Wednesday, April 6, 2011

Poppa's New Pants!

This week Mrs. Yollis' class is reading Poppa's New Pants by Angela Shelf Medearis. This humorous story has many similes and tons of hyperbole. (hi • per • bo •lee) Hyperbole is when a writer exaggerates to make a point. 

The story is part of the Smart Solutions Unit. In the story, Poppa buys a brand new pair of pants. Unfortunately, they are too long and need to be hemmed. He asks his relatives who are staying at the house to mend them, but they are all too tired for the task.

The problem gets solved in a way that will leave you laughing like a hyena!

Listen to the story here!

We cut  a pair of pants out of paper to recreate the story. The pants were as long as a table cloth!

In the story, some strange things happened during the night. George, Poppa's grandson, is sleeping in the kitchen because the relatives are using his bed. Throughout the night, George hears strange noises and sees ghostly shapes in the dark kitchen. He balls up like an armadillo he is so frightened! By morning, it is revealed that Poppa's new pants got shortened!

Below, we recreated the story!

A "ghost" came and measured six inches!

Drew a line...

Snip! Snip! Snip!

The pants were perfectly hemmed!

A second "ghost" took the pants.

Measured off six inches...

Snip! Snip! Snip! Then added a hem!

Shorter pants!

The final helpful "ghost" took the pants and...measured off six inches.

Snip! Snip! Snip!
The pants were too short for Poppa....

✂     ✂     ✂     ✂     ✂

Who can explain what happened?

Who were those "ghosts" during the night?

What was your favorite simile or hyperbole from the story?


  1. Dear Mrs. Yollis,

    It was very fun cutting and hemming the pants three times! I especially loved cutting six inches off the pants.

    I think it is funny that Poppa's pants were way too long, and the "ghosts" (Grandma Tiny, Aunt Viney, and Big Mamma) cut and hemmed six inches each. The first time they were cut and hemmed they were just right. The second time they were cut and hemmed, they became shorter, and the last time they were way too short!

    The pants ended up being new pants for his grandchild, George! Eighteen inches were cut off, so I understand why.

    My favorite hyperbole from the story is "We were sweating a bucketful"!

    Your student,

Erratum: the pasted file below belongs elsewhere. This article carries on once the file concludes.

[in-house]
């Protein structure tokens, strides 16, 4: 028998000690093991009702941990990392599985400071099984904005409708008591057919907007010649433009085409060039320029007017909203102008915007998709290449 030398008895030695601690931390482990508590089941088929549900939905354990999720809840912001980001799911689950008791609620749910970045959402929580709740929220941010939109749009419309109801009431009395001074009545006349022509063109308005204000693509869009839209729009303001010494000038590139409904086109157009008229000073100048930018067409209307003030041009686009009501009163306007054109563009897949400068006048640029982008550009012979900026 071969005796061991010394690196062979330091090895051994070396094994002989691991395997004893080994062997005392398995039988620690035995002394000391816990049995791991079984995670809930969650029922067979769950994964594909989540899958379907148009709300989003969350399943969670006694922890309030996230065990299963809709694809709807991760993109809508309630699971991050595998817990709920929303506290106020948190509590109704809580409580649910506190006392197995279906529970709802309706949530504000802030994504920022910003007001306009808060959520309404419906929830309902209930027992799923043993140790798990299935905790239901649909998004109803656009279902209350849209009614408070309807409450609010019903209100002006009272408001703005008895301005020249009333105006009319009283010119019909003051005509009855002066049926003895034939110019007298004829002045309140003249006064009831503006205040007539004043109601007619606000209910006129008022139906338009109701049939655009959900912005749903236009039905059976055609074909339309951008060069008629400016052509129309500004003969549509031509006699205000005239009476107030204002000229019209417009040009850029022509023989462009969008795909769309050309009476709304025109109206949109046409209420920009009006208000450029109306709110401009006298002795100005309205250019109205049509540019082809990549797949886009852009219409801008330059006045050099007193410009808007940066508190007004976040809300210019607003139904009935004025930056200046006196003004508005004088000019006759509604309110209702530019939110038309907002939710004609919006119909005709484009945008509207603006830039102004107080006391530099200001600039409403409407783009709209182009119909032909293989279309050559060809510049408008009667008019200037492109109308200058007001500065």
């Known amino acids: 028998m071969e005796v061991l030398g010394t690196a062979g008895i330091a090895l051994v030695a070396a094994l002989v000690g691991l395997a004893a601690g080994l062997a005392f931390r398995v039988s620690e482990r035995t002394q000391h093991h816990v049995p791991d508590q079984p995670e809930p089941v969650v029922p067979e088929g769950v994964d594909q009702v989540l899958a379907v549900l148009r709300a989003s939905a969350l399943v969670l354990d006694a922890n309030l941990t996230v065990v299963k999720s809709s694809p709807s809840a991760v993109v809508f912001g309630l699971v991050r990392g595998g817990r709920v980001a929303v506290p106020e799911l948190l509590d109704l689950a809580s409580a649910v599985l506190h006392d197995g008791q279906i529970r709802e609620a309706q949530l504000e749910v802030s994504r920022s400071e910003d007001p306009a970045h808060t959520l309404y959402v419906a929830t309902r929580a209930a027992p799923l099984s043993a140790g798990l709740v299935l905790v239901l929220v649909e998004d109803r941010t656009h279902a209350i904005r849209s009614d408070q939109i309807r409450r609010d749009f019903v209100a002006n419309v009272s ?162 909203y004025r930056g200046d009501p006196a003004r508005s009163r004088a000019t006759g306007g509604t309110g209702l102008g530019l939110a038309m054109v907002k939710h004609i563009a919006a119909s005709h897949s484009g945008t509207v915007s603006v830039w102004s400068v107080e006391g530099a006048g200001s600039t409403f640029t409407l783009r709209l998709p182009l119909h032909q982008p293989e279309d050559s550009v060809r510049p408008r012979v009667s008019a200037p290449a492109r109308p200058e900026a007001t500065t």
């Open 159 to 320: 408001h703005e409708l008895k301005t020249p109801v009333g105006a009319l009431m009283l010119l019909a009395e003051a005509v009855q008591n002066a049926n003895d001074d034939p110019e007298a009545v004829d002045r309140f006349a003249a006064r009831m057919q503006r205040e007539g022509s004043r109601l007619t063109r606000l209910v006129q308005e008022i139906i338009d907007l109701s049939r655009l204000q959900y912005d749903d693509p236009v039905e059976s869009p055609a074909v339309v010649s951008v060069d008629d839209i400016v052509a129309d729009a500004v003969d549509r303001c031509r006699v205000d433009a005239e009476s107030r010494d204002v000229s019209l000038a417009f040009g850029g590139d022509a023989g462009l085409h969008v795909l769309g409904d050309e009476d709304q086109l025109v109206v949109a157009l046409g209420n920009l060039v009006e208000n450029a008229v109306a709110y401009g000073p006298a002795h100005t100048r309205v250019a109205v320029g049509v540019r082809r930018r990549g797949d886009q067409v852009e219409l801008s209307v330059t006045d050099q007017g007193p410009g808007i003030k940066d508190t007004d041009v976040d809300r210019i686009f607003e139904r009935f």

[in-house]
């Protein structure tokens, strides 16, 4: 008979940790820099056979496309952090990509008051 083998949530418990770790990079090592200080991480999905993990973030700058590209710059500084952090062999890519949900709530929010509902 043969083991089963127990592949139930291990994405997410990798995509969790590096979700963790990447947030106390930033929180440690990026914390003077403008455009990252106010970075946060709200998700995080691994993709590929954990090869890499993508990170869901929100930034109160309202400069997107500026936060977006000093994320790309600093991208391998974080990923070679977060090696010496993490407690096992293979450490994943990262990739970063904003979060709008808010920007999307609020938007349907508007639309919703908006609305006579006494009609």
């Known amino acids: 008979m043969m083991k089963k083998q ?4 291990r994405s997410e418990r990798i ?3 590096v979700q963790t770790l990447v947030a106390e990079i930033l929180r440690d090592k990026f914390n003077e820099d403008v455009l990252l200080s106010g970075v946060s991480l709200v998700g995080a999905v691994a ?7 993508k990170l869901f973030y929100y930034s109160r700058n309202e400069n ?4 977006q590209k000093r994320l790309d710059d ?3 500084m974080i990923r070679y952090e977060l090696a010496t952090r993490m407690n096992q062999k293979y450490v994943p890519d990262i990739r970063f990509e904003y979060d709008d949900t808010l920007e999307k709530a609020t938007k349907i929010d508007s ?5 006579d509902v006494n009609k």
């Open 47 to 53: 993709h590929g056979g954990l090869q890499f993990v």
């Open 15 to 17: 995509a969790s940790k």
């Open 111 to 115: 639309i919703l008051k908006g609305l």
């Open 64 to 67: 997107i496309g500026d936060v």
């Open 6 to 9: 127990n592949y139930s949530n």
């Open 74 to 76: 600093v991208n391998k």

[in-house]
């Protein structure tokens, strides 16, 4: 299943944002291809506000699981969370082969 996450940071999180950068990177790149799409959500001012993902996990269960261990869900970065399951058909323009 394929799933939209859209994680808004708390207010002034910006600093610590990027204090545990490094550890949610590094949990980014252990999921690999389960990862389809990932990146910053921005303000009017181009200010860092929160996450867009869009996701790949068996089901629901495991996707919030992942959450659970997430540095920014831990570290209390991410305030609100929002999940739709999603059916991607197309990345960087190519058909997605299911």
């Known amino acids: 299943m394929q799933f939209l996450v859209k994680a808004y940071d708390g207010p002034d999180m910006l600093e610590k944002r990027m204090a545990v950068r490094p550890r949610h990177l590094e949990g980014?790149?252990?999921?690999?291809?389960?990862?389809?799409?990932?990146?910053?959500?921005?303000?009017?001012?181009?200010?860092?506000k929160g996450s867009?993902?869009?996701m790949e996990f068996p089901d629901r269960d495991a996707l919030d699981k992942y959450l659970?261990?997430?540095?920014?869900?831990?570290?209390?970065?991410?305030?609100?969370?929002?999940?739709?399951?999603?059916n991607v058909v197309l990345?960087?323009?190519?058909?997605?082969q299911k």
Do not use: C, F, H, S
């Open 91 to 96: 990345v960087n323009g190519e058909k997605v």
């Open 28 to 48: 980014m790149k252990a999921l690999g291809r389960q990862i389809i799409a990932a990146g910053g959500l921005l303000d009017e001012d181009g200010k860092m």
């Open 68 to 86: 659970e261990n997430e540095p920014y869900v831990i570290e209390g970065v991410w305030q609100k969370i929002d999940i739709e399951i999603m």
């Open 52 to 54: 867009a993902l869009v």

2. Dear Mrs. Yollis,

    In class it was a lot of fun cutting and hemming six inches off the pants, especially when I got to hem it.

    Wow! The pants in the story got so short! My favorite part about the story is that Grandma Tiny, Aunt Viney, and Big Mamma each cut six inches off of the cloth. It's funny when Grandma Tiny cut it short, but Aunt Viney cut it shorter, and Big Mamma cut it the shortest. It was funny because the relatives did not communicate to eachother that they each planned to cut the pants.

    In the end, the pants were so short that the pants fit almost perfectly for George, the child. (Even the pants were too short for George).

    My favorite simile from the story is "the fabric is as velvety soft as Old Buck's nose." I like that simile because old Buck is a horse and the author compared the soft fabric to the soft nose of the horse. I think that's funny!

    Your student,

  3. Drear Mrs. Yollis,

    I think that the pants are look'n good. : ) I loved hemming the pants and cutting them.

    I like that in the first picture they look longer than in the second picture.

    I loved the idea of making Poppa's pants and then cutting off six inches three times. It was a lot of fun!

    I agree with Hannah. My favorite hyperbole is "We were sweating a bucketful." I think it sounds funny, and I think that it sounds like there was a lot of hard working going on!



  4. Dear Mrs. Yollis,

    I had an enjoyable time cutting and hemming Poppa's pants! My favorite part was when we hemmed. The reason I enjoyed hemming more was because when we hemmed the pants, the pants were straighter, and I was one of the students that hemmed Poppa's new pants. It was super duper fun! Hopefully, we'll do that again. ;)

    I've got to agree with Hannah and Grace. My absolute favorite hyperbole from the story is "Poppa and I had beaten so many rugs this morning, that we were sweating a bucketful." I don't really remember the exact words that the author used, but I think it's close enough.

    My second favorite hyperbole is "Aunt Viney and Big Mama took turns covering my face with red lipstick. I almost drowned in a sea of sloppy wet kisses." I like how Angela Shelf Medearis created that hyperbole.

    I find it funny that first, Grandma Tiny cut six inches off. Then, Aunt Viney cut another six inches off. Last, Big Mama cut another six inches. Hey, that's funny because, Grandma Tiny cut the pants short, Aunt Viney cut them shorter, and Big Mama cut them shortest. ;)

    When we were reading the story in class, I literally got goosebumps when George, the narrator was talking about the "ghosts" in the story. I started freaking out as if a whole bunch of monsters and aliens and all those wacky creatures started attacking me. (That's a hyperbole!)